The Great Big Steven Universe Recap; Or, The Femme Smooch Heard ‘Round the World
And now, the episodes your dashboard won’t shut up about. Welcome back to the Steven Universe recaps, the not-quite-up-to-date-but-almost edition! Today we’ll be covering the “Steven Bomb,” a five night special event that aired six new episodes of the series (one a day, two on Thursday) and gave us some major plot and character revelations. Once we settle into talking about one episode per post we can dig a little deeper into each episode’s themes, technical aspects, performances, etc. For now…let’s see if I can’t get you back to your days in less than 4000 words.
A quick side note about the Intro post and series chronology: turns out words mean things, and people who write on the internet should know that! As of last Friday the show’s aired 50 episodes, and episode 50 was the premiere of what the crew (and Wikipedia) labels “Season 2” (with Mirror Gem/Ocean Gem being the midseason break). BUT! If you’re looking to buy the series on a streaming site, it’s broken into either Volume 1/Volume 2 (on iTunes), Season 1/Season 2 (on YouTube), or both (if you are Amazon, Switzerland, or the protagonist of a YA novel). Certainly not the most auspicious start I could’ve made, but I do hope you’ll forgive me.
Right, now that that bit of important pedantry is out of the way, onward!
While combing the Gem battlefield from “Serious Steven” for weapons to use against Peridot, Lion uncovers the scabbard to Rose’s sword, sending Pearl into old memories about her time as Rose’s closest confidante and follower. She’s less than thrilled that Steven’s already seen Rose’s secret armory (“Lion 2: The Movie”), and downright crushed at the idea that Lion might be connected to Rose – or rather, that Rose might have had secrets even from Pearl.
I know everyone’s riding on the gorgeous, triumphant note that is “Jailbreak,” but this might be my favorite episode of the whole crop. The last few minutes are gorgeous, gutpunching stuff: I’m particularly fond of the color composition, with those blues and purples at once creating a mournful air, washing out the vividness of the first scene, and making Rose’s scabbard practically pop out of the frame; and likewise the use (and very pointed silence) of the piano, Pearl’s usual soundtrack tell. Deedee Magno Hall hits it out of the park with her voice work too, weaving buried resentment and heavy, heavy mourning into her dialogue with Steven and almost unbearable rawness into the moments of near-reliving her memories with Rose (whoever scripted having Pearl speak both sets of lines while gradually closing into a close shot of Rose as if she were truly there, while simultaneously making sure she’s cast entirely in Pearl’s colors rather than any pinks to hammer home the “illusion” aspect, is an evil genius).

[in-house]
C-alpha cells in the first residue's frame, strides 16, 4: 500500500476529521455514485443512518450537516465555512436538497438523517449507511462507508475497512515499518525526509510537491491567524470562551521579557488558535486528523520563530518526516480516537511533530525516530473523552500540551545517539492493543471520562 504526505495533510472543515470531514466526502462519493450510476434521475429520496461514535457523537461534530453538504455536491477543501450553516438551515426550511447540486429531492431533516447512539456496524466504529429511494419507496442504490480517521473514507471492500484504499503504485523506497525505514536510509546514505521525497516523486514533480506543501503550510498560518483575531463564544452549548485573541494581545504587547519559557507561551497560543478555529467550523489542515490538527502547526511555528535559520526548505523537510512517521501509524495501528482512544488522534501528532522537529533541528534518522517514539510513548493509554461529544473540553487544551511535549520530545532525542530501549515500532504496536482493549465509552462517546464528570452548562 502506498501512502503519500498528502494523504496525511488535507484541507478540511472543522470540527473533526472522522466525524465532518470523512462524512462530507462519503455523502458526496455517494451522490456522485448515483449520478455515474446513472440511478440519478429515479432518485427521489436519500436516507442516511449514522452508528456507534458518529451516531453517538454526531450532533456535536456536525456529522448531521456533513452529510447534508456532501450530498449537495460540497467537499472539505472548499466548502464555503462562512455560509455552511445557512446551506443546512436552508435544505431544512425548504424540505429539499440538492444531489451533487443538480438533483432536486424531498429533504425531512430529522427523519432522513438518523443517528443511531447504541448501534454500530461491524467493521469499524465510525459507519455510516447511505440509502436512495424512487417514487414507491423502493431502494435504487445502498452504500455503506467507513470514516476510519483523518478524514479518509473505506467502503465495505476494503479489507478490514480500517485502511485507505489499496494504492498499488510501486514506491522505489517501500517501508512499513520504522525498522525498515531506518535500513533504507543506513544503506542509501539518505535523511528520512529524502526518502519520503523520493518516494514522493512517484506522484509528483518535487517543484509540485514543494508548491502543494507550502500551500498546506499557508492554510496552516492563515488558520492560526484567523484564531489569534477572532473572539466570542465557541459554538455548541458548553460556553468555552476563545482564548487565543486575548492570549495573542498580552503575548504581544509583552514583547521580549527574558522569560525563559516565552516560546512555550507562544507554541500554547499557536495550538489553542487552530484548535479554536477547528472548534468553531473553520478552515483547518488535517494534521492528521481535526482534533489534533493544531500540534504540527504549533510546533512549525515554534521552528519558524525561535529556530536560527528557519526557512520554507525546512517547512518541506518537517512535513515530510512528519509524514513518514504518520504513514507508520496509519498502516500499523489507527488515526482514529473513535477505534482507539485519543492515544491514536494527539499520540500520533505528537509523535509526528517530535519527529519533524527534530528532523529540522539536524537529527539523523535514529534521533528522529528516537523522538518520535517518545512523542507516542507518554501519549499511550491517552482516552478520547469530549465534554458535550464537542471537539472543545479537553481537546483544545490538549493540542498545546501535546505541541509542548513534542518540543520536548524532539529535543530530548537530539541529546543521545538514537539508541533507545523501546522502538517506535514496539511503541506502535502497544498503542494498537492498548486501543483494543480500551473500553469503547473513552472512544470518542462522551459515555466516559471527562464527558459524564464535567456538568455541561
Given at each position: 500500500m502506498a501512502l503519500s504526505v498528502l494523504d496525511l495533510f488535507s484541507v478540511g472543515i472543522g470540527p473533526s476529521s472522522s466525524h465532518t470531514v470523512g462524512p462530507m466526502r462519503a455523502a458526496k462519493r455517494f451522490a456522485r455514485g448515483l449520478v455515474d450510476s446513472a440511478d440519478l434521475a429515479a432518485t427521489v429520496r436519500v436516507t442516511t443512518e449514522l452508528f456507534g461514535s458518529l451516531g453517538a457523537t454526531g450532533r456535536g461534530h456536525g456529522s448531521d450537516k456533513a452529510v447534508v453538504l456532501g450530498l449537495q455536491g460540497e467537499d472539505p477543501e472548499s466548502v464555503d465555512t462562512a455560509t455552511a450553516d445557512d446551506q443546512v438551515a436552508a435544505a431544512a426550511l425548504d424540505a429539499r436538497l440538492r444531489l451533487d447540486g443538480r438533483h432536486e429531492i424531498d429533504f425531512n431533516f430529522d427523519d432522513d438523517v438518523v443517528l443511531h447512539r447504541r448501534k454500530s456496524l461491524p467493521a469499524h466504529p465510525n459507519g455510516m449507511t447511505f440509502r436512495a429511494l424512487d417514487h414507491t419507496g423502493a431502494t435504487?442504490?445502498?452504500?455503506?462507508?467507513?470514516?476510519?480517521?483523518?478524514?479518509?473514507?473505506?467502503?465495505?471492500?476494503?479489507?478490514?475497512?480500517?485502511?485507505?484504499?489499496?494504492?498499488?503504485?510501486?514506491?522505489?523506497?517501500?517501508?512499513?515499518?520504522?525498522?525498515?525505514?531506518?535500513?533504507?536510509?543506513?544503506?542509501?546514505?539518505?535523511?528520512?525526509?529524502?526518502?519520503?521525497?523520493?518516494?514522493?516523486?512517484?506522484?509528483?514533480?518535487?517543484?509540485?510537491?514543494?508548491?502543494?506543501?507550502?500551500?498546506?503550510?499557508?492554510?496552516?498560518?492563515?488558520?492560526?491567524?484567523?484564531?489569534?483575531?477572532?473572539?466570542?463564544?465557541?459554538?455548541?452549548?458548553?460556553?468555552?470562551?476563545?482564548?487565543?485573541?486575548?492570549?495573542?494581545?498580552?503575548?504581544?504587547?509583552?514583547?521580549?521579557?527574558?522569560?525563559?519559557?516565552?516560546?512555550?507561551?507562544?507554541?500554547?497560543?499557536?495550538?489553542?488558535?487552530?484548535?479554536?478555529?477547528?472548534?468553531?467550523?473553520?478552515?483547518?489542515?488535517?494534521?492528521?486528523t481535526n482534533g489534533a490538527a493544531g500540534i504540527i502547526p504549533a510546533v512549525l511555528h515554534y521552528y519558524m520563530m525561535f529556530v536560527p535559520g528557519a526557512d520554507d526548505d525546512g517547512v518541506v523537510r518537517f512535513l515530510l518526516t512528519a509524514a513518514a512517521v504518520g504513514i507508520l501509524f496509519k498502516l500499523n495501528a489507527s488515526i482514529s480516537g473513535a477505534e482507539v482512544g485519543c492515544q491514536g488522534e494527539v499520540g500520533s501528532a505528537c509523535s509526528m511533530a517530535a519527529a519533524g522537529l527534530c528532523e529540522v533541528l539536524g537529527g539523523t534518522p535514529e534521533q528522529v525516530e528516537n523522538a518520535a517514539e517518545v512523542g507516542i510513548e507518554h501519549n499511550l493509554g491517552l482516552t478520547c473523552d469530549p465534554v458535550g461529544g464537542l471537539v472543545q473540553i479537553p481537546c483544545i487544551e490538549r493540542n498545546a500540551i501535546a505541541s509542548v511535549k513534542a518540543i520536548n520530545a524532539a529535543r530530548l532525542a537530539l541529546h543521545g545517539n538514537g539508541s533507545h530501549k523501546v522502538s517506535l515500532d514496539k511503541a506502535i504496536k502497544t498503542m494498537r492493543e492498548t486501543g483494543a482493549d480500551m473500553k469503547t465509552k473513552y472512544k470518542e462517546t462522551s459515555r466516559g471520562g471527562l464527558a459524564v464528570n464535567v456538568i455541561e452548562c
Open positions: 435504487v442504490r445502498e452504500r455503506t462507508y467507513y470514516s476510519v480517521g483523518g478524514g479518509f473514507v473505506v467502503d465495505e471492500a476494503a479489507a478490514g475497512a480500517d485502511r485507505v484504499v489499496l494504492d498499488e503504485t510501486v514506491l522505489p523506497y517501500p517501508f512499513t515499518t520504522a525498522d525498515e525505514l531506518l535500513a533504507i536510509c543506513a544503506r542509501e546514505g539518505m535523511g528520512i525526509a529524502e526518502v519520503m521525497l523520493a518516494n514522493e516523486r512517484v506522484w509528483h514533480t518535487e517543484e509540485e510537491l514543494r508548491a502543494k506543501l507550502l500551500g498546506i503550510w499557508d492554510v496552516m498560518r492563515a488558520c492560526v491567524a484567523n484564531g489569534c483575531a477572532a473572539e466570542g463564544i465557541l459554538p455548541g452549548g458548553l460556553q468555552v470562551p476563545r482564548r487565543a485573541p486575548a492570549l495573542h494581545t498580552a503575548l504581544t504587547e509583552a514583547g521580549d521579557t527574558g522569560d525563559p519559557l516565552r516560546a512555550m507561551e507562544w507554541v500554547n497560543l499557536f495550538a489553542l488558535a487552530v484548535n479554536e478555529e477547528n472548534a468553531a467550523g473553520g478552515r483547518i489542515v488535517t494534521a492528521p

Pearl’s feelings are a lot to unpack, particularly in light of what we’ve seen of her before. This is the Gem who’s talked the most about Gem culture and history, and who almost got herself and Steven killed trying to get back to space, but she agreed to stay on Earth without needing so much as a second thought – all because of her love for Rose. Remember when I mentioned the soul-crushing Sailor Moon handholding homage? The one between a romantic couple affirming their devotion on a battlefield (also in GIF form)? This episode might count for best use of an outside source in deepening the text of a scene (not that it needed much more deepening, between “none of you had what we had” and “my Pearl”).
But I’m not (just) here to gush over the glorious amount of queerness this show got onto cable in one week. Pearl and Rose having a relationship puts a new spin on a lot of things: Pearl’s above-and-beyond dismissive behavior toward Greg (as a parent and help to the Gems); her desire to teach Steven as much about the past as she can (“do you have any of her memories?”); her especially fussy protectiveness over Rose’s possessions and fawning descriptions of her; and most of all, Steven’s failed leap of faith. What a character moment, told almost entirely through visuals: she runs to the edge to see if he’s fallen, looks for a few good hard seconds…and leaves him there; and when Steven climbs up she has a look of perfect horror on her face, different than the mournful expression from the start of the scene. It’s not hard to read in an almost Babadook-like subtext: “if you weren’t here, I’d still have her here with me; if you were gone, would that bring her back?”